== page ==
San Miguel, MTD want govt to amend LRT 1 project terms
MANILA, Philippines - San Miguel Corp. (SMC) and MTD Capital Bhd. of Malaysia will renew their interest to take part in the P60-billion Light Rail Transit (LRT) Line 1 Cavite extension project if the government will address their concerns by amending some of the terms of the concession agreement.
“We will join if fare collection is included,” said SMC President Ramon Ang in a text message.
SMC Infra Resources Inc. was prequalified in the biggest infrastructure project yet under the Aquino administration’s public-private partnership (PPP) scheme. It, however, withdrew its interest to participate because “the project itself is not viable,” a source said.
SMC, according to a BusinessMirror source, raised concern on the P 1.72-billion Contactless Automatic Fare Collection System (AFCS) PPP project envisioned to replace the ticketing systems being used in LRT Lines 1 and 2 and Metro Rail Transit Line 3. This project has yet to be bid out.
Fare collection for the rail project that will connect Metro Manila and the highly populated Cavite province will be divided between the concessionaire and the winning bidder for the AFCS project, revealed the source. “The winning concessionaire will still get the big chunk of the fares collected for LRT 1 extension. The scenario here, however, is that bidders for the LRT 1 extension would naturally want to know first the scope of the AFCS contract because, at the end of the day, there will be another set of terms between the concessionaire for LRT 1 extension and the AFCS operator. There lies the problem. The AFCS contract has yet to be bid out and yet the winning concessionaire should commit now,” explained the source.
Meanwhile, MTD Philippines President Isaac David said fare collection is just one of the many issues that the Department of Transportation and Communications has yet to resolve.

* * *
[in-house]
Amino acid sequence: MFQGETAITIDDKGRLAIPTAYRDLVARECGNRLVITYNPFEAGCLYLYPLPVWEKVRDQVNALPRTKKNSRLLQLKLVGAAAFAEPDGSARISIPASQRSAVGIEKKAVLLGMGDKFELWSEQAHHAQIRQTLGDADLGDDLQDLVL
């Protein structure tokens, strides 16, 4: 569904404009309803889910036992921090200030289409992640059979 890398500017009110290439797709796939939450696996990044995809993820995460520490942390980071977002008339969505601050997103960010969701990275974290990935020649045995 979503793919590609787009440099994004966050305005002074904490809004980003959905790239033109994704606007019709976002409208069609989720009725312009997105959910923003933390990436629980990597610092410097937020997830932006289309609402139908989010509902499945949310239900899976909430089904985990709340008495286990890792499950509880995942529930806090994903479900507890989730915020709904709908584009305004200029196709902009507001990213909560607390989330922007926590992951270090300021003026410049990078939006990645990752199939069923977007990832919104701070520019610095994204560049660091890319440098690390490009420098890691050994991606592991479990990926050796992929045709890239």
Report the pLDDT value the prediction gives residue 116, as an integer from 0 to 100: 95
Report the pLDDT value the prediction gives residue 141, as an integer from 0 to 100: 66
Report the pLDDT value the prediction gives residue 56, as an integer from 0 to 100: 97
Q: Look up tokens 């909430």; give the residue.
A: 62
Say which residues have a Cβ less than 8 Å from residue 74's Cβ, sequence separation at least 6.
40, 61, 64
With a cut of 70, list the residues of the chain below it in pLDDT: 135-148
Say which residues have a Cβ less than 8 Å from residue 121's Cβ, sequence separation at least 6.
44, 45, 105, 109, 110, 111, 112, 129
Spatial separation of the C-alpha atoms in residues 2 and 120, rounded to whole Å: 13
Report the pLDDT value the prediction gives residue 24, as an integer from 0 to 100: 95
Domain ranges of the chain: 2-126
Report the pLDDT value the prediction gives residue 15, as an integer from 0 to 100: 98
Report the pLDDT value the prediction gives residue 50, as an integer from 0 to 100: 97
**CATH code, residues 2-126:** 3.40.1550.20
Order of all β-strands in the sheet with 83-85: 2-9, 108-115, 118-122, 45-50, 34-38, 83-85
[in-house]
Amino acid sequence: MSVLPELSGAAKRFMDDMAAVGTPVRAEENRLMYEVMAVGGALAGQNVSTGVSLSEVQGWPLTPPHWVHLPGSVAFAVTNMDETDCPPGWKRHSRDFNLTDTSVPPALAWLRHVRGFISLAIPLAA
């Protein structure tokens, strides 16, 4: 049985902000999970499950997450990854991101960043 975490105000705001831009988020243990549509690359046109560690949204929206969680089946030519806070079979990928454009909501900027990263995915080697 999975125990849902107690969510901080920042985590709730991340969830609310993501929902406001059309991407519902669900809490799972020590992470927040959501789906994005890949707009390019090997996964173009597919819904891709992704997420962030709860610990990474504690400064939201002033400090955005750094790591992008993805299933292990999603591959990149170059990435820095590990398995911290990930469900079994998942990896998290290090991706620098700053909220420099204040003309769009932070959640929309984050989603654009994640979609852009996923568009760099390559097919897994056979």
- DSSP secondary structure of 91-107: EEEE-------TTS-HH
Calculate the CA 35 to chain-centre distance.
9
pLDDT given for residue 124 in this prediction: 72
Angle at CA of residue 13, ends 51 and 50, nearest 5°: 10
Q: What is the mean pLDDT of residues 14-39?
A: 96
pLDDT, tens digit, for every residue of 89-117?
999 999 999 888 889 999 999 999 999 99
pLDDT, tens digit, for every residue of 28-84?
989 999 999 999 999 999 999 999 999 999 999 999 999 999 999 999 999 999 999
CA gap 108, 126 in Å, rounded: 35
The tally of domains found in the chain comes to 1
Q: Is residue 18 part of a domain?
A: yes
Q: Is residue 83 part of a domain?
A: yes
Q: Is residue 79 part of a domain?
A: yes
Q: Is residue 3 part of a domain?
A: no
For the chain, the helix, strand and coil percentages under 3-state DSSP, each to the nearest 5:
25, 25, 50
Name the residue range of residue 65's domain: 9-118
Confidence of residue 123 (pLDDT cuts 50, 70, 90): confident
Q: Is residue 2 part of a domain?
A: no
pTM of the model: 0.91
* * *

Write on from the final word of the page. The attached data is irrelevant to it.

“Among others, our concerns are the delivery of right-of-way involving relocation of about 3,000 squatters, the up-front fee to be paid even before financial closing is already a bank ability issue, the undetermined road worthiness of existing facilities, including the 30-year-old trains and structures, are risks which are difficult to determine,” he said in a text message.
MTD forms part of the MTD-Samsung Corp., which also failed to submit its bid proposal last week. David said the consortium is “very serious” but “our bankers find the foregoing a big part of a deal to be ignored.”
“We raised these matter during the one-on-one meetings but [these] were not addressed by the agency,” added David. Nonetheless, David said the consortium is keen on participating again if the terms are revised.
DMCI Holdings Inc. said its decision not to submit a bid proposal was prompted by risks surrounding the existing bid terms causing uncertainties in investments in the project.
Still, DMCI awaits the revision of the terms of the contact. “We will study [the] amendments,” said DMCI President Isidro Consunji in a text message.
A DOTC statement issued on Friday said the Special Bids and Awards Committee is looking at the possibility of extending the bidding process and re-evaluating the existing terms to further address the commercial issues raised by the pre-qualified bidders.
The lone bidder, Light Rail Manila Consortium of the Metro Pacific group and the Ayala Corp., submitted its technical and financial bid on Thursday. However, its bid proposal was declared non-compliant because it sought conditions which the committee found acceptable. “Though they submitted a bid, Light Rail raised conditions which I can’t disclose because the SBAC will still have to study,” said bids and awards committee chairman Jose Perpetuo Lotilla.